To uncover how early income patterns are associated with a collection of academic and behavioral outcomes, the present study applied two theories: a timing/sensitive period model and accumulation/cumulative risk framework. The present study addressed limitations of past research by applying these relevant theoretical frameworks to study income instability using a nationally representative, longitudinal dataset. It concentrates on the critical period of early childhood, focuses on the subpopulation of families in the low- to moderate-income rage, and examines multiple domains of school readiness outcomes as a function of prolonged or abbreviated duration of poverty or chronicity of poverty as experienced by families. The purpose of the present study was to (a) empirically classify family income trajectories using income-to-needs ratios during early childhood and (b) evaluate associations between derived income trajectories and kindergarten outcomes.
Methods:The ECLS-B is a nationally representative study of approximately 10,700 children born in 2001 and followed through kindergarten. ECLS-B data were collected through parent and teacher reports, birth certificate records, home visits, classroom observations, and direct child assessments across 4 waves when children were approximately 9 months, 2 years, 4.5 years (preschool), and 5.5 years (kindergarten). Our analyses included 4,200 families that were consistently classified as low-to-moderate income families across all four waves (i.e., less than 400% FPL).
Household income-to-needs ratios were generated using parent-reported data at all 4 waves.School readiness in kindergarten was measured by standardized assessments of mathematics and reading and teacher reports of interpersonal skills, externalizing behaviors, approaches to learning, and perspective taking.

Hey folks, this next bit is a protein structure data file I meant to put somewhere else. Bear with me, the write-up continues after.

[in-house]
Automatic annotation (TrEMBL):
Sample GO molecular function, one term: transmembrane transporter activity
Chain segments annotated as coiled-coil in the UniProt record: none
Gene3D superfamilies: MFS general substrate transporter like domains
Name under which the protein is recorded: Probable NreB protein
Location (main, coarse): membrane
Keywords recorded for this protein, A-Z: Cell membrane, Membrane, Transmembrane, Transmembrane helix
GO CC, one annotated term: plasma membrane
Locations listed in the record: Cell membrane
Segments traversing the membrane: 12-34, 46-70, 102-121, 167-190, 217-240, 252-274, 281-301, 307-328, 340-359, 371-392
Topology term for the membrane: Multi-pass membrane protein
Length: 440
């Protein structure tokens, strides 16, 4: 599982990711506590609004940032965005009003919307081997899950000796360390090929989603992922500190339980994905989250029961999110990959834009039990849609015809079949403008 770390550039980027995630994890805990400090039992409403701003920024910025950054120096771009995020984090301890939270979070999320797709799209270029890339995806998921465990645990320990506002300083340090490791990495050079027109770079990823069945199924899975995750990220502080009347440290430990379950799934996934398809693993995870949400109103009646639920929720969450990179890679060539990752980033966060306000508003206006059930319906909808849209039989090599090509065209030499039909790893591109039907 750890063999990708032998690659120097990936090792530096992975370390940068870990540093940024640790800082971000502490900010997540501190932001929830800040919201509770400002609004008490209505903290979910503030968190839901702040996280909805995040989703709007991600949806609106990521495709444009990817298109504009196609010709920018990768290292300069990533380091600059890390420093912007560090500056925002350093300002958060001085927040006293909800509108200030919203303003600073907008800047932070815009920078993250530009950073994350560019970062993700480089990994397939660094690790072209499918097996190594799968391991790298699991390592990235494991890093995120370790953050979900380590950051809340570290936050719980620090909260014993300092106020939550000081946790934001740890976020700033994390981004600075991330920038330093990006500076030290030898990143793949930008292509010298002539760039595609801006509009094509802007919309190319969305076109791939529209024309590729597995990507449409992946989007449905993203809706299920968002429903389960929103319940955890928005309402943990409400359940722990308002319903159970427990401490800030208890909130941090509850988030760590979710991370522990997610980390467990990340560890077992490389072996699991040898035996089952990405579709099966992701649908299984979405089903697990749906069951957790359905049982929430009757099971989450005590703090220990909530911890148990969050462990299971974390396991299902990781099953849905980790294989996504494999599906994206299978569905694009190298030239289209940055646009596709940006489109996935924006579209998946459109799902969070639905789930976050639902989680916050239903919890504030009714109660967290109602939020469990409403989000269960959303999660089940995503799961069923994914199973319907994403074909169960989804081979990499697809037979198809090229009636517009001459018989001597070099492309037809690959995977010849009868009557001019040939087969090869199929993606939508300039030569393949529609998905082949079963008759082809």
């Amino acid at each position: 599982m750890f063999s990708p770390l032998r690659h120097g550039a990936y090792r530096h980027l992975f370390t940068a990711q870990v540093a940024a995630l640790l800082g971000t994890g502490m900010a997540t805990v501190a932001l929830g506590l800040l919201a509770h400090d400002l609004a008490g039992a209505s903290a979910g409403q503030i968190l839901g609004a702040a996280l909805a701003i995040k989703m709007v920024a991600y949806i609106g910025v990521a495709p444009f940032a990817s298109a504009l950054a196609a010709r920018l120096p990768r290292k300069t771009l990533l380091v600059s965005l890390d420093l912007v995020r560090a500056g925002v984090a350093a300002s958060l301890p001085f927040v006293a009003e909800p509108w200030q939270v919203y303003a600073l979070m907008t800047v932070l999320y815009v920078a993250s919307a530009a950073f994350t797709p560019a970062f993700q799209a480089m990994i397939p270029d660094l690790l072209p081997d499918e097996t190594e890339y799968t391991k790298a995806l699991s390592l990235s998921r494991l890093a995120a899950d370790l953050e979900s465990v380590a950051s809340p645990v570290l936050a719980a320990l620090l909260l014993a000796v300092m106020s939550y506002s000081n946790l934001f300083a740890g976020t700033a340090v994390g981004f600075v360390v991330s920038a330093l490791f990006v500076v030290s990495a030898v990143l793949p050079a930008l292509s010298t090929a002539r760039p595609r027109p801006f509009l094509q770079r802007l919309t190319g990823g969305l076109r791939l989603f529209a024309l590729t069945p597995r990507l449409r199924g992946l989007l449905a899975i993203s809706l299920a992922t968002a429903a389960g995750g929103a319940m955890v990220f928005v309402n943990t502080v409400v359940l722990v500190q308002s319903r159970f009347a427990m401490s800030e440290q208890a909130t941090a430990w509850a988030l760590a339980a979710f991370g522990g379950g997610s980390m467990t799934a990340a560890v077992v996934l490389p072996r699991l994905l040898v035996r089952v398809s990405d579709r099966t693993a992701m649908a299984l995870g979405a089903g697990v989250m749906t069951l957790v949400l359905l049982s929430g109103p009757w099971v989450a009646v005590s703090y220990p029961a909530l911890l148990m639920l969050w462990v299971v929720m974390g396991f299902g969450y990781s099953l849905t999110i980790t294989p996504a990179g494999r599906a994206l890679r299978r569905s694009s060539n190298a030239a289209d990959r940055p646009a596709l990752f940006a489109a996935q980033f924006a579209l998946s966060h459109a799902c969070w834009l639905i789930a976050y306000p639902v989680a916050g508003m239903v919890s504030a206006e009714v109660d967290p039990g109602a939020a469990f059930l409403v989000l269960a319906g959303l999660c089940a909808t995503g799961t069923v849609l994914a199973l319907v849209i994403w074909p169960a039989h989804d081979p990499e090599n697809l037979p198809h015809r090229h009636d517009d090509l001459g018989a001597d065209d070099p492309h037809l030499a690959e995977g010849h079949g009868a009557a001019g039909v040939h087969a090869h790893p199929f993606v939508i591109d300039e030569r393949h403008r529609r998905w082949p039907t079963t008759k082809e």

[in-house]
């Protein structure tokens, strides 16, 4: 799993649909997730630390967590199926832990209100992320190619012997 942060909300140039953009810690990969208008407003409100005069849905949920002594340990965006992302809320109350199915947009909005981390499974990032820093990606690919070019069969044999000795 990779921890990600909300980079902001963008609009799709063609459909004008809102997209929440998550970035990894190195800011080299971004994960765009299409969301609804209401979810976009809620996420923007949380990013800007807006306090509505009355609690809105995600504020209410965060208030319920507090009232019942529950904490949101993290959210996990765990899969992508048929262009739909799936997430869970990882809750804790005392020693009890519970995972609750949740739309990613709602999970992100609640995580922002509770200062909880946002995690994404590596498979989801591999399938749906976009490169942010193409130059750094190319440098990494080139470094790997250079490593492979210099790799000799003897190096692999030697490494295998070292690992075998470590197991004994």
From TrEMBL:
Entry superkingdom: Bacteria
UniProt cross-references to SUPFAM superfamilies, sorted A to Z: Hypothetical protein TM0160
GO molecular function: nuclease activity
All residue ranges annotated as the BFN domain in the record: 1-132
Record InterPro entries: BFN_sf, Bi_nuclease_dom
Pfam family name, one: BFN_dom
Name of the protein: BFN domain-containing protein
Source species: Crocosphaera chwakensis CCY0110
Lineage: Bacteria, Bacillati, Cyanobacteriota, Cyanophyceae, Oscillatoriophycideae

Family income trajectories were classified using latent class growth analysis, and multiple regression was used to investigate the unique relationships between income trajectory classes and kindergarten outcomes.
Results:Findings revealed four distinct latent income trajectories. 22% of children were classified as Stable High, 8.5% experienced upward growth and were classified as Low to Adequate, 67% were classified as stable low, and 2.5% experienced decreasing income-to-needs over time and were classified as Adequate to Low. Maternal education, marital status, and work status discriminated income trajectory class membership, net of all other covariates. Children in stable low income trajectories demonstrated poorer school readiness outcomes than children in more advantaged trajectories.
Conclusions and Implications:When children and families are poor, expanding programs and policies such as EITC, Child Tax Credit, and minimum wage may be useful in improving child school readiness outcomes. Alternatively, antipoverty policies looking to augment family income by distributing unconditional cash transfers may merit attention.